The idea of killing Jesus (or Gautama) was not what I was trying to suggest as that would indeed be utterly evil. It is killing the imperfect ideas we have of the perfect-killing the false god we create in our mind as we try to understand what the true God is like.

      I am glad you stopped by and took the time to comment! Thanks!

       
  3. Geraldine Van Biljon

    March 21, 2013 at 2:57 am

    Revelations 19:6 – ”And I heard as it were the voice of a great multitude, and as the voice of many waters, and as the voice of mighty thunderings, saying, Alleluia: for the Lord God omnipotent reigneth..”

    It is so wonderful that we cannot fully comprehend our Lord and Savior Jesus Christ of Nazareth – it gives us something to look forward to when we meet Him face to face in heaven! 🙂

     
    • Kris

      March 21, 2013 at 3:09 am

      I am loving your heart the more I learn of it! I wish we could meet for coffee!

       
      • Geraldine Van Biljon

        March 21, 2013 at 4:07 am

        We feel the same … my husband says your work is that of an artist!

         
  4. Carl Gustaf

    March 25, 2013 at 2:28 am

    Keep killing the god you create? Well, I get what you mean, yet it seems you may wish to discontinue trying to understand God so much and simply relate to Him based on what He has revealed of Himself. Create a relationship based on what you’ve read, believe, prayed about; mix in a little faith and continue in His Word, and perhaps you’ll find the need to “understand” Him does not carry the same importance as simply following Him. I can’t recall anywhere in scripture where we are asked to understand Him. To the contrary, He spoke in parables because he knew His disciples would not understand Him. Remember, it’s not about religion, it’s about a relationship. Trust without need to understand, and He’ll do the rest. You may find yourself then referring to the God that created you instead of the god you create. 😉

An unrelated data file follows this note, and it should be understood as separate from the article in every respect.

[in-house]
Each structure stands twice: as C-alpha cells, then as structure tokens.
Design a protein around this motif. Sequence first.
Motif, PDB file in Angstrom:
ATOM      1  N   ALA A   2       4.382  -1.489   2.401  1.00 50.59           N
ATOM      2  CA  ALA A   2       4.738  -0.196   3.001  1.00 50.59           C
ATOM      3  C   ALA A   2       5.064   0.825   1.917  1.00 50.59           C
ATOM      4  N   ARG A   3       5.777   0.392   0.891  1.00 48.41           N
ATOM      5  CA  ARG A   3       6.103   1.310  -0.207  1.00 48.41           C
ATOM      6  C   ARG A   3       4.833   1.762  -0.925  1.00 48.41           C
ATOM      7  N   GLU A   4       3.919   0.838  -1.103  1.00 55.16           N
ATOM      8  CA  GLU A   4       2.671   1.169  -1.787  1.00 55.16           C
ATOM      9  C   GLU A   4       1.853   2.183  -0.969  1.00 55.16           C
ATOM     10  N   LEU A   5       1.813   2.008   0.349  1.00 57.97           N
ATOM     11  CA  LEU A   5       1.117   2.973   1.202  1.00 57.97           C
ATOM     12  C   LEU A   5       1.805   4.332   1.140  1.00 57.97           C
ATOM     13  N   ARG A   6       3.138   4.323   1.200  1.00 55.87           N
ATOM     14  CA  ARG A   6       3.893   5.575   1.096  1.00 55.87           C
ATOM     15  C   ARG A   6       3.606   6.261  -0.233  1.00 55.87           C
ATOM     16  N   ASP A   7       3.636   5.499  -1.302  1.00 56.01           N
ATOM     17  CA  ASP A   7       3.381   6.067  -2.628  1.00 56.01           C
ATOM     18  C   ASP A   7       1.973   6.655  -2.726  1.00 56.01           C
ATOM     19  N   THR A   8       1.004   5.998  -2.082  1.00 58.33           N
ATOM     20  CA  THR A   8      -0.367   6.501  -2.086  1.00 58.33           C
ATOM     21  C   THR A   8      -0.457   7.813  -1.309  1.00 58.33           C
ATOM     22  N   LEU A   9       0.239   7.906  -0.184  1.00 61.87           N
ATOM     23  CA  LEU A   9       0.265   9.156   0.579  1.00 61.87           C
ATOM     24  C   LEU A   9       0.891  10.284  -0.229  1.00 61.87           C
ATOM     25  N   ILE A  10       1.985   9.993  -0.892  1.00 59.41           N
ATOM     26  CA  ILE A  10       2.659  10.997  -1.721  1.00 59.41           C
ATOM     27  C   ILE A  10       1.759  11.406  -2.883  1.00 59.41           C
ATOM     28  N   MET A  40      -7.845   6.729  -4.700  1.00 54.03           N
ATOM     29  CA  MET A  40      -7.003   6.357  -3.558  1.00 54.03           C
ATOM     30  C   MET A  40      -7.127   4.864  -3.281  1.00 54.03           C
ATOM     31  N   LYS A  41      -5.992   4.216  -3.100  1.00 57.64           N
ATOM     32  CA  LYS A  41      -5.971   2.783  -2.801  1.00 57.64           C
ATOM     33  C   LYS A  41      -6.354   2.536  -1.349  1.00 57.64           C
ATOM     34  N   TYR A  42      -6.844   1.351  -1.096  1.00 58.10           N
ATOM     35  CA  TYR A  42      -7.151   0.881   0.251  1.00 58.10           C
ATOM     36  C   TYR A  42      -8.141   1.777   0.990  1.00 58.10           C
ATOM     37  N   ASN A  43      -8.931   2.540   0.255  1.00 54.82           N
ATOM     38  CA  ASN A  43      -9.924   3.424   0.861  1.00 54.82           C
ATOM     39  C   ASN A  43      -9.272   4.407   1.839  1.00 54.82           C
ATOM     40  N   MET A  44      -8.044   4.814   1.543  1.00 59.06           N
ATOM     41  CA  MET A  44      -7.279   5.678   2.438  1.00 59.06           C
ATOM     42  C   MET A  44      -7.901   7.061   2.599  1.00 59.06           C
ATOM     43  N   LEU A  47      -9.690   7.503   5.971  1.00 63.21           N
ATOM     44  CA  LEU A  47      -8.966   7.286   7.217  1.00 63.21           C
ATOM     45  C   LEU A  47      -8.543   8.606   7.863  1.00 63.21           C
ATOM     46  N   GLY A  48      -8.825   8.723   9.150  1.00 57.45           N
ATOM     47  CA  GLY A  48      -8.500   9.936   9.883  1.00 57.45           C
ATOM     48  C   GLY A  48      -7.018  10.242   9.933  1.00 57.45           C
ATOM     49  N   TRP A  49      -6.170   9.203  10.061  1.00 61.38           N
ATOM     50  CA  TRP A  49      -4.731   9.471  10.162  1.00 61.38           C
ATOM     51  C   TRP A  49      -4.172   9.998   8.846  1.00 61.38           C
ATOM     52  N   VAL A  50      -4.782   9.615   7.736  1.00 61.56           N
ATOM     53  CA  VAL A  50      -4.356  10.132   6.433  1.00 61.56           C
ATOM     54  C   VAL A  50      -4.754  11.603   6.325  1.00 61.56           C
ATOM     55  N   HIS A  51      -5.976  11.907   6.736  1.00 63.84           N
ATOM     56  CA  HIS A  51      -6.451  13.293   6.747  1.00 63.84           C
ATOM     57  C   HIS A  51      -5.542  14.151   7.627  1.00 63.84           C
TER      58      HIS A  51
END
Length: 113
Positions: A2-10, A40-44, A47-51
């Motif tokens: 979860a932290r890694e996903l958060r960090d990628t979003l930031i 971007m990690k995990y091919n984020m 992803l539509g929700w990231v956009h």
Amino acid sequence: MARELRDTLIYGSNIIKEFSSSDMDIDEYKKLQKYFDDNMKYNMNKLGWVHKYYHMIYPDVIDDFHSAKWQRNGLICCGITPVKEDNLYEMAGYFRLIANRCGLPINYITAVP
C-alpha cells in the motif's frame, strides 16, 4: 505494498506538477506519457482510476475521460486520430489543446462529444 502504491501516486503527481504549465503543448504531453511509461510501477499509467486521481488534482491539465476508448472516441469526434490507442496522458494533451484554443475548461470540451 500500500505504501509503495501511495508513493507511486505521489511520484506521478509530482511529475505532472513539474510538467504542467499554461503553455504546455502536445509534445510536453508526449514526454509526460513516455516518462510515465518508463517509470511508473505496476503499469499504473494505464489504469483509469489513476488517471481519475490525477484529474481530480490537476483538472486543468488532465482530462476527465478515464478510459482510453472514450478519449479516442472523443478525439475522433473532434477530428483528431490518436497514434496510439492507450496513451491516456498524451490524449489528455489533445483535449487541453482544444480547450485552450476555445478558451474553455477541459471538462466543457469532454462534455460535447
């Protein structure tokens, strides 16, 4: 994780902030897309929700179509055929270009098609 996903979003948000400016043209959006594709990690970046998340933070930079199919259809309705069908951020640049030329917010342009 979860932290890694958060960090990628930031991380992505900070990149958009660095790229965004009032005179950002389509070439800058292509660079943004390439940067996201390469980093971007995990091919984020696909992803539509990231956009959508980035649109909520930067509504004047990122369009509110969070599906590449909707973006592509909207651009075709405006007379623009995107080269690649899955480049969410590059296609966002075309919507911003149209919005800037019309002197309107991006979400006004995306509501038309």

• Kris

      March 25, 2013 at 3:18 am

      Agreed. Perhaps you have misread my intention. Even the most consecrated souls build concepts and paradigms in their mind about this God we have a most blessed relationship with…Of course, my friend, we cannot understand Him, that was the point of the post, but we forever try, don’t we? Whenever we assert that the understanding is plain, (except for the straight forward matters of our faith), we are in perilous waters. Though our zeal in the moment consumes us and our love overwhelms us, yet we are found so often in error. I think I understand your heart, and for it, I am glad!

       
  5. Carl Gustaf

    March 25, 2013 at 10:44 pm

    Very well put… with much appreciated clarity.

     
  6. godcrazzzy

    March 26, 2013 at 2:41 pm

    Honestly glad I ran into this post…. ah Lord! *gigantic smile*

     
    • Kris

      March 26, 2013 at 5:00 pm

      You just gave me one too! Nice to meet you!

       
      • godcrazzzy

        March 27, 2013 at 12:21 am

        smile. The same sentiment is shared Kris. 🙂

         
  7. Dianne

    July 29, 2013 at 5:45 pm

    We stumbled over here different web address and thought I might
    as well check things out. I like what I see so now i am following you.

    Look forward to exploring your web page yet again.

     
    • Kris

      July 29, 2013 at 10:00 pm

      Glad our paths crossed Dianne! Thanks for taking the time to let me know how you found me. I hope that you may find something in Kingsgrass’ posts useful and encouraging. Blessings.